I do understand what Dr. Sunquist was attempting to do in his piece “Fredrick Douglass, Thirst for Knowledge,” and I believe his intent is sincere, however, there is a history that one such as he should be aware of and when delving into a historical example, one should be careful in how that historical example is employed and what is said about a historical figure, if possible, one should use that persons own words. In this case, the person was Fredrick Douglass and in our current times, that may be a powder keg when not handled well. It is not enough to simply “mean well” one should approach with absolute cautions, especially if one is the historic oppressor discussing the historically oppressed. When one does so using the patronizing language that white supremacy and dominion theology have assigned to be used for the topic, one has lit a fuse that is incapable of being snuffed out. One should always prefer the historical context of a situation and be willing to acknowledge what was wrong about a situation in history and perhaps use a different example. Because these guidelines were not followed the point was lost and the fuses lit.

Sunquist fails to follow through with sensitivity to his audience and as an Alumni of Gordon-Conwell who worked, while there, to decolonize the curriculum, it is unfortunate to see the language of colonization employed by one who, in private conversation at least, has spoken about completing the work. To describe Douglas time with the Auld’s as: “Hugh and Sophia Auld had not owned slaves before and so they treated Frederick, uncharacteristically, as a son.” Is to ignore the fact that underneath that description is the fact that the Auld’s bought Douglas and then later sold him as if he was not a son, but property and a child. According to his own Autobiography and the most recent authoritative biography by David Blight (which Sunquist quotes in the article), Douglass was never not aware that he was in fact a slave whose teacher, Sophia Auld, was illegally teaching to read and write. To say they treated him as a son, is to employ language that Douglass himself does not employ and detracts from his awareness that he was in fact owned. While he was learning to read, he was also beginning to develop his ideas about abolition which would move him to become a leader among the abolitionist movement after buying his freedom. When he calls what Sophia Auld did: “reasonable and kind as a Christian Woman” the implication is that in doing what was illegal to teach an enslaved person to read, she was doing the right thing when the right thing would have been to grant him his freedom and help him to adjust to life as a freeman. Some Abolitionists actively practiced this although the Abolitionist movement was fraught with its own racism and paternalism and many did not.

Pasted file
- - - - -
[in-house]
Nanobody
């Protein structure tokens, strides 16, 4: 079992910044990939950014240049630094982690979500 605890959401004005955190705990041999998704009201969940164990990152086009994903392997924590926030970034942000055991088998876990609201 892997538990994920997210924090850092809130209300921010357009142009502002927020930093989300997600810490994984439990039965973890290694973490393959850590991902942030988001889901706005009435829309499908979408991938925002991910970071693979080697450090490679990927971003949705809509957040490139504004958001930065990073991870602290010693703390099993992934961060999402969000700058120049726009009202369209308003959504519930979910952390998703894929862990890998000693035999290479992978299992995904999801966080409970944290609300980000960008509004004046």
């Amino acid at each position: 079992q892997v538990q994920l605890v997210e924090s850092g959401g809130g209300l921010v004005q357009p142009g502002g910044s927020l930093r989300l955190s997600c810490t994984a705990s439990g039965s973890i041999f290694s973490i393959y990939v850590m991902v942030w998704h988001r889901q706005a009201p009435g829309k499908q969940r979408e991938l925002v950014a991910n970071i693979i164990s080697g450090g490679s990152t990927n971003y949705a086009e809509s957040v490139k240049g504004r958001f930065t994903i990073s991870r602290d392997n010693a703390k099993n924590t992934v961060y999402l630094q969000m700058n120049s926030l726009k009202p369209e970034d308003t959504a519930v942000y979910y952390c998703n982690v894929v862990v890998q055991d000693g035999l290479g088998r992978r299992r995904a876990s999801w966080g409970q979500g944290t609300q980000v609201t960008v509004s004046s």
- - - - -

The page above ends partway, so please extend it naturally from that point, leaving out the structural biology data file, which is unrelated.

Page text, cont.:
The approach Sunquist takes here is similar to George Marsden in his authoritative biography of Jonathan Edwards when he notes that Edwards treated well and freed many of the family slaves and many of those freed slaves and their families were full communicates in worship at Northampton. We are expected to revere Edwards for his fair and kind treatment of enslaved people, people who had been kidnapped from their homes and placed in horrifying conditions and then sold for a price. We are also supposed to brush over the fact that one of the pieces of “property” in Edwards Will was one of the families enslaved. No amount of kind treatment excuses exploitation of a human being against their will. This was true when the Stonewall-Campbell Churches were defending Southern Slavery in the years leading up to the Civil War and it is true now. “Chattel Slavery” as Schaff wrote in 1856: “Has no place in the Christian world and it cannot be compared to or defended by the Bible.” This is the kind of excusing language we should avoid because what it communicates is destructive: “It does not matter if the Auld’s owned Douglass, they treated him like a son.” I am sure Sunquist would not affirm that statement said so frankly, but it is what was communicated to some, if not most, of his readers and that has once again repeated the cycle of pain many of us were fighting against and many still are fighting against at Gordon-Conwell.